Accurate Diagnosis for Effective Treatments
Diagnostic services encompass a variety of tests and methodologies, which can be used to differentiate between healthy and unhealthy heart function. These tests help cardiologists better understand the pathology of a patient’s heart disease. Learn more below about the diagnostic services offered through Phoenix Heart Center in Phoenix, Mesa, and Tempe.
Ankle Brachial Index (ABI) Testing
An ankle brachial index test is a painless, noninvasive screening test done to evaluate risk for peripheral vascular disease. During an ABI test, inflatable blood pressure cuffs are placed around the ankles and arms. The cuffs are inflated and blood pressure readings of the legs and the arms are compared. Significantly lower blood pressure in the legs may indicate peripheral vascular disease. A Doppler ultrasound device is also used during this test. The device allows your cardiologist to listen to blood flow through your legs.
Arterial Color Flow Doppler
In this ultrasound procedure, a handheld transducer sends and receives sound waves to detect the size, shape, and movement of solid objects. The sound waves are converted into colors, which provide information about arterial blood flow. This diagnostic test can be performed to check for blood clots, narrowed blood vessels, and atherosclerosis. Cardiologists may also use a Doppler ultrasound to evaluate blood flow after a stroke or surgery or to check up on the condition of a bypass graft.
This procedure (also known as an arteriogram or angiogram) uses x-rays and a special contrast dye to create images of the inside of the arteries. During the procedure, a contrast dye is injected into an artery or vein. An x-ray can then trace the dye as it moves through the bloodstream, revealing important information about the structure and functionality of your arteries.
Atherectomy & Balloon Angioplasty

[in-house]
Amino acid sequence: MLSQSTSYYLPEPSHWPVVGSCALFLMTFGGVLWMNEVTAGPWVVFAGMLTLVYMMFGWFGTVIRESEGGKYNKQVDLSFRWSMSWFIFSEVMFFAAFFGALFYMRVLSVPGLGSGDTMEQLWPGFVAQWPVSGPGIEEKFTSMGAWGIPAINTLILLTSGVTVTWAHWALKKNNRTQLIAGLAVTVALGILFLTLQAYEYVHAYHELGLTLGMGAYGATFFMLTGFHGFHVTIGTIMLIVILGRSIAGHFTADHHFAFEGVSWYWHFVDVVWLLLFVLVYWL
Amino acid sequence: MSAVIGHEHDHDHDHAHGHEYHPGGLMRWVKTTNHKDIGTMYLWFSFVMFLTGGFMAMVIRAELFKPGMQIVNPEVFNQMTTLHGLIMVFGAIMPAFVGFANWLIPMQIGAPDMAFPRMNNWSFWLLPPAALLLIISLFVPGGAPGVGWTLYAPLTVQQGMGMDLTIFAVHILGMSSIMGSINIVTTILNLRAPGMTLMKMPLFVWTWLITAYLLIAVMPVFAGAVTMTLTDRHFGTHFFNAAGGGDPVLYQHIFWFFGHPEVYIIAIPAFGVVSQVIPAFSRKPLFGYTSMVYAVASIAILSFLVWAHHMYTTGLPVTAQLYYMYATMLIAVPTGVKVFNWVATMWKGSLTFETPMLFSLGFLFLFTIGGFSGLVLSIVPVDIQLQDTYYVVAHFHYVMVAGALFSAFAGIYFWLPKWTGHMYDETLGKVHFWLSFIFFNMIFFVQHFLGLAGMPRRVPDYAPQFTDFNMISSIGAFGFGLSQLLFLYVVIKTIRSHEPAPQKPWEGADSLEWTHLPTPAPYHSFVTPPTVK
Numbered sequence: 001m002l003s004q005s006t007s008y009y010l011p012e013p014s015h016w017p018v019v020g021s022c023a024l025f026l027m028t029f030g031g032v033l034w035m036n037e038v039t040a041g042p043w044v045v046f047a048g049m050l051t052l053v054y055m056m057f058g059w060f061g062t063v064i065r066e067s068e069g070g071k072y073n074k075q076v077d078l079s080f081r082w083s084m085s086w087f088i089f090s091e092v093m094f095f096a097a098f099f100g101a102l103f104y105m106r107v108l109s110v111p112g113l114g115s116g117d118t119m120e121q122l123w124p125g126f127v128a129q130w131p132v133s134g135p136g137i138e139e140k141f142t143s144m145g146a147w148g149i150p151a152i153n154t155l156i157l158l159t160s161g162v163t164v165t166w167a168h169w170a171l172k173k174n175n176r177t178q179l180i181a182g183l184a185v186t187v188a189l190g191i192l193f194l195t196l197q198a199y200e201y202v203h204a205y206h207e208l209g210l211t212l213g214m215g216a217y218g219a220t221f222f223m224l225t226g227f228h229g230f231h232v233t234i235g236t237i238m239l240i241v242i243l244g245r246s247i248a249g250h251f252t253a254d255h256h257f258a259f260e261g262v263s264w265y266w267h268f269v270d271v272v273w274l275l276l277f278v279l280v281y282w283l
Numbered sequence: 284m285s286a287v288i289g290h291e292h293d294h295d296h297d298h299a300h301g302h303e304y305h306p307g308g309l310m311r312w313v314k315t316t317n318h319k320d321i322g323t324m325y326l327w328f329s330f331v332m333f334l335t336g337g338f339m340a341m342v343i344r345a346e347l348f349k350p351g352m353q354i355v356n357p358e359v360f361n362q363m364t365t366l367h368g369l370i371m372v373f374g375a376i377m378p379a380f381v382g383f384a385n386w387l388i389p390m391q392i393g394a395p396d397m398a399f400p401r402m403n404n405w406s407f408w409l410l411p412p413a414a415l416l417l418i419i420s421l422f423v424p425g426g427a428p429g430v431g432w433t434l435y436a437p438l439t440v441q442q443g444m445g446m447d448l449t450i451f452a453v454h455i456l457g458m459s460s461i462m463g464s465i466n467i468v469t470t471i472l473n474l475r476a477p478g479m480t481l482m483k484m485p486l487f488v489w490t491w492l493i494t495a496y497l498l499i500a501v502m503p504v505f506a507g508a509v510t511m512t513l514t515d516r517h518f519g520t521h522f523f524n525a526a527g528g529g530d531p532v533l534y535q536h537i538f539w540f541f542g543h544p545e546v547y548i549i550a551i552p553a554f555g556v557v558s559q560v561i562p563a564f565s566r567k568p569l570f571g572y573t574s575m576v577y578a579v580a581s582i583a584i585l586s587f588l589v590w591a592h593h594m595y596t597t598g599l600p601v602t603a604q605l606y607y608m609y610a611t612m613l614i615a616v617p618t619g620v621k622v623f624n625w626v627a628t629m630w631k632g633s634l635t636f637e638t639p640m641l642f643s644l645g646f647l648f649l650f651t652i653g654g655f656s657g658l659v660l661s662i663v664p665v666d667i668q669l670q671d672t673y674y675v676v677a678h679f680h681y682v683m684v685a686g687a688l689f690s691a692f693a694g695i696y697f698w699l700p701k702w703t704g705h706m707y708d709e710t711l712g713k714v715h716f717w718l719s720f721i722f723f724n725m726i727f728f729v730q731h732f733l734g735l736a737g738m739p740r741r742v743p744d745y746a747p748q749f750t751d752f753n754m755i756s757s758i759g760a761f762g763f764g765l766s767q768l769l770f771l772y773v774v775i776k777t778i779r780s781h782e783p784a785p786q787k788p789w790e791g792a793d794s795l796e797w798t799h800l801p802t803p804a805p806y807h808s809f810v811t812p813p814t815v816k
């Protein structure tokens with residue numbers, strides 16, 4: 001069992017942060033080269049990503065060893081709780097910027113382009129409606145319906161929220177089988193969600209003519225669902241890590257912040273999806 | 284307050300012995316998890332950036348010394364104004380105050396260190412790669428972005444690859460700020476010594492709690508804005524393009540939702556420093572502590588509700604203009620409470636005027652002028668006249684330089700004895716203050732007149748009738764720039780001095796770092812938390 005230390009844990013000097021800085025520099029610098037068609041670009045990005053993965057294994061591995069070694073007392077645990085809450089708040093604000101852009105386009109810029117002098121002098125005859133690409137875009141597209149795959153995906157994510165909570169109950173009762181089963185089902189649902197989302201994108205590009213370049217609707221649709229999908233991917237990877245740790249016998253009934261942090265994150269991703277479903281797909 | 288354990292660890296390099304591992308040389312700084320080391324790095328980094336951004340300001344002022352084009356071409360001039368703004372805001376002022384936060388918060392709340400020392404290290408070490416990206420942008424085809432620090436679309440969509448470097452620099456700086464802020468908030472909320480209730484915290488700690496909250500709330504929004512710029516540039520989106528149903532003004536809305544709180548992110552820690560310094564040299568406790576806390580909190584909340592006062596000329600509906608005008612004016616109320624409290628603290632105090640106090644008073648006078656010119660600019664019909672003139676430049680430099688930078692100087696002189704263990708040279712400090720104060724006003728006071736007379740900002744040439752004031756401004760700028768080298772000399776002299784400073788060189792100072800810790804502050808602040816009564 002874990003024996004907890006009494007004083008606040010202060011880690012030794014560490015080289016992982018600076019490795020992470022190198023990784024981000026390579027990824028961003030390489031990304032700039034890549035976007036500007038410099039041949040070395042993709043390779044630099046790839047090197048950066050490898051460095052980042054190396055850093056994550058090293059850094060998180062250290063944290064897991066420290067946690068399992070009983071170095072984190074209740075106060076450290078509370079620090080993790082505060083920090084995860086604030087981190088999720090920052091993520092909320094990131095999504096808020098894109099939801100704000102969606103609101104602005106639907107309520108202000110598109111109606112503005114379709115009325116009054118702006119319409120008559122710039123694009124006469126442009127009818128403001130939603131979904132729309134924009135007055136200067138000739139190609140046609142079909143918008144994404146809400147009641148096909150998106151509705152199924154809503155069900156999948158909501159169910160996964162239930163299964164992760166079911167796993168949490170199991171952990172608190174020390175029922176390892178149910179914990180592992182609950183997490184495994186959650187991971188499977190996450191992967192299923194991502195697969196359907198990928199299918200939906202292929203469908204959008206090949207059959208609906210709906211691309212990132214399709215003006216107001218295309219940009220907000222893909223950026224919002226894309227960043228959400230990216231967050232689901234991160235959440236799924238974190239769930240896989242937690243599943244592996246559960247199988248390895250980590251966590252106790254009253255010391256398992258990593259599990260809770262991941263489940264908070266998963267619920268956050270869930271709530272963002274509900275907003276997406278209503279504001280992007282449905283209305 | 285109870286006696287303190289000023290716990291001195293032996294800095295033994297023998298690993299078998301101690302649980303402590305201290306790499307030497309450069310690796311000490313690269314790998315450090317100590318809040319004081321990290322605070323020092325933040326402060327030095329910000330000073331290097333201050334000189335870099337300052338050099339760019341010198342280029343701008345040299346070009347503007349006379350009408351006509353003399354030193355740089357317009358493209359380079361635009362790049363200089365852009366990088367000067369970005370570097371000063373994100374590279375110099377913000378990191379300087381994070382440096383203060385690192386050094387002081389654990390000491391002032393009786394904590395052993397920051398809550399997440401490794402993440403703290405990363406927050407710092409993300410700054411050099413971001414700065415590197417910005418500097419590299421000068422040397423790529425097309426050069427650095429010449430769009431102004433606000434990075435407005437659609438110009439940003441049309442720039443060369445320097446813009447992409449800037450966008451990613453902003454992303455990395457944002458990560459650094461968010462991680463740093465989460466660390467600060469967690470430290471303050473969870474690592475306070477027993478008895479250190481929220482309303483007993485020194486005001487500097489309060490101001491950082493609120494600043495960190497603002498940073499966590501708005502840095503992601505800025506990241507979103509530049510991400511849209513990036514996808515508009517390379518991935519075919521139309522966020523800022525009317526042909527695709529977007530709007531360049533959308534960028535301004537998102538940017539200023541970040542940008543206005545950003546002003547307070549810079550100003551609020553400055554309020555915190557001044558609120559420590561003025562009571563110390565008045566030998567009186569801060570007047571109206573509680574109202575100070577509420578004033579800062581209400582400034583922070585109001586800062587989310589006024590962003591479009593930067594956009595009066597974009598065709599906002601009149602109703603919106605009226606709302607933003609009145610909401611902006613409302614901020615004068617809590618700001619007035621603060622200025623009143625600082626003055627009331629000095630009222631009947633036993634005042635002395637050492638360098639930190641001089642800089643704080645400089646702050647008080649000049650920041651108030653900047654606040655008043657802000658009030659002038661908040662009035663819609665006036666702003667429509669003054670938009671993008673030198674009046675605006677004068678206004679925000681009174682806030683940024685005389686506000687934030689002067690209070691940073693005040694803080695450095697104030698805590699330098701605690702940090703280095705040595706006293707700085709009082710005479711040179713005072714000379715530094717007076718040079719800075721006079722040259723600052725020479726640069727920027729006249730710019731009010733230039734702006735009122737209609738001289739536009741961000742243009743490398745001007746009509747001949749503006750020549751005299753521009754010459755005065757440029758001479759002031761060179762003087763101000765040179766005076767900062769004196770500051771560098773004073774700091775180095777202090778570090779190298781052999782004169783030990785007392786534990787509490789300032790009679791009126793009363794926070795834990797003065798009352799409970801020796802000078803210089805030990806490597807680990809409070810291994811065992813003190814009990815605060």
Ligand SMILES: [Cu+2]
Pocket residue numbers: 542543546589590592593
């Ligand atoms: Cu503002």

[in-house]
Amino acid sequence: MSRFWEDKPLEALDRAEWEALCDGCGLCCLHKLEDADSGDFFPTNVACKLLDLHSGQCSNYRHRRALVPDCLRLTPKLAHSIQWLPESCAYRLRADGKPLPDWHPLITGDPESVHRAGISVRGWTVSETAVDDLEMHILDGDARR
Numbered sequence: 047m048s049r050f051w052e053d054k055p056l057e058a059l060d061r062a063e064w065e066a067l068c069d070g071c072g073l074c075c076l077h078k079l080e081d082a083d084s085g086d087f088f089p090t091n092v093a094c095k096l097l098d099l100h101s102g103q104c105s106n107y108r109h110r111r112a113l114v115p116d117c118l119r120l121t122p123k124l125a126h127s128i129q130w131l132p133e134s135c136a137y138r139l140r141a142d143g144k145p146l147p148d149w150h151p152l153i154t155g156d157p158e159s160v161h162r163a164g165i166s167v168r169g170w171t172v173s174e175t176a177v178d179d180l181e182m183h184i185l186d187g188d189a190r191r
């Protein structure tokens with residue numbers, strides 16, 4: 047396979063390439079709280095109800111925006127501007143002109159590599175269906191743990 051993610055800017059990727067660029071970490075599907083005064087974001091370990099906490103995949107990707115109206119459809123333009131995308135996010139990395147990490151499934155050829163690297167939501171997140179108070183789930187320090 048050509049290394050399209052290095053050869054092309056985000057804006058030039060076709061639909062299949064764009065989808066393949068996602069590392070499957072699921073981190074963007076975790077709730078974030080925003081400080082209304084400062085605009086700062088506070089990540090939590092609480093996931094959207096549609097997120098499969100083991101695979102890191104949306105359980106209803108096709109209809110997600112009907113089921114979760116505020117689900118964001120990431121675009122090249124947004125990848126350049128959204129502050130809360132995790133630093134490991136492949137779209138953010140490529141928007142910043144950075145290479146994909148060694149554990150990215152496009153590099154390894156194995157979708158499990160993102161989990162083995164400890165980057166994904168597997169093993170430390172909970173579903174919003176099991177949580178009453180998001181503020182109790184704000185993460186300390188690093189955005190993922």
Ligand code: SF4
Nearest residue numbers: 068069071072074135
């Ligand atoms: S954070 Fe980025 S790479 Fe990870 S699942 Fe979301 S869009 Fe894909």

Atherectomy is a catheter-based procedure that physically removes plaque from arterial walls. Atherectomy may be performed by a laser, burr, or a surgical drill bit. Balloon angioplasty (also a catheter technique) compresses plaque against arterial walls by means of a tiny inflated balloon. These procedures may be performed independently; or, in some cases, a balloon angioplasty may be performed after an atherectomy to get rid of any remaining plaque.
Cardiac catheterization is a medical procedure in which a long, thin, flexible tube (a catheter) is inserted into a blood vessel to perform diagnostic tests or treatments. Traditionally, a catheter for this purpose is inserted into a vessel in the neck or groin. At Phoenix Heart Center, cardiologists have pioneered a method that utilizes the radial artery on the wrist, which offers a number of benefits for the patient and physician. Learn more about this exciting new procedure.
If your primary care provider has detected problems with your cardiovascular health, he or she may refer you to a cardiologist for further analysis and diagnosis. During a cardiology consultation, a board-certified interventional cardiologist will evaluate your condition and may recommend treatment options, if necessary.
Chest And Abdominal X-rays
Chest x-rays can provide pictures of the heart, lungs, and other vital organs and blood vessels in the chest. These x-rays may be used to diagnose heart failure. Abdominal x-rays can provide images of the abdomen, including the aorta. Patients with abdominal aortic aneurysms may undergo an abdominal x-ray for diagnosis and treatment purposes.
Echocardiogram (Cardiac / Carotid / Abdominal)
Similar to a Doppler ultrasound (see above), an echocardiogram uses sound waves to visualize the heart and other cardiac-related structures, such as the aorta (in the abdominal region) and the carotid arteries (in the neck). An echocardiogram may be used to diagnose the severity and location of plaque build-up in patients with coronary artery disease. It can also be used to detect heart valve problems, congenital heart defects, and other problems in the heart. Learn more about transesophageal (TEE) and transthoracic echocardiograms (TTE).
Electrocardiography (ECG Or EKG)
An electrocardiogram is one of the most basic and simple tests used to monitor the heart’s rhythm. An EKG monitors and records the electrical activity of the heart. (The heart’s electrical signals regulate heart rate.) An EKG can be used to diagnose past heart attacks, as well as those that are underway. An EKG may also reveal information about congenital heart defects, heart valves problems, heart failure, cardiomyopathy, and coronary artery disease.
Holter / Extended Day Monitoring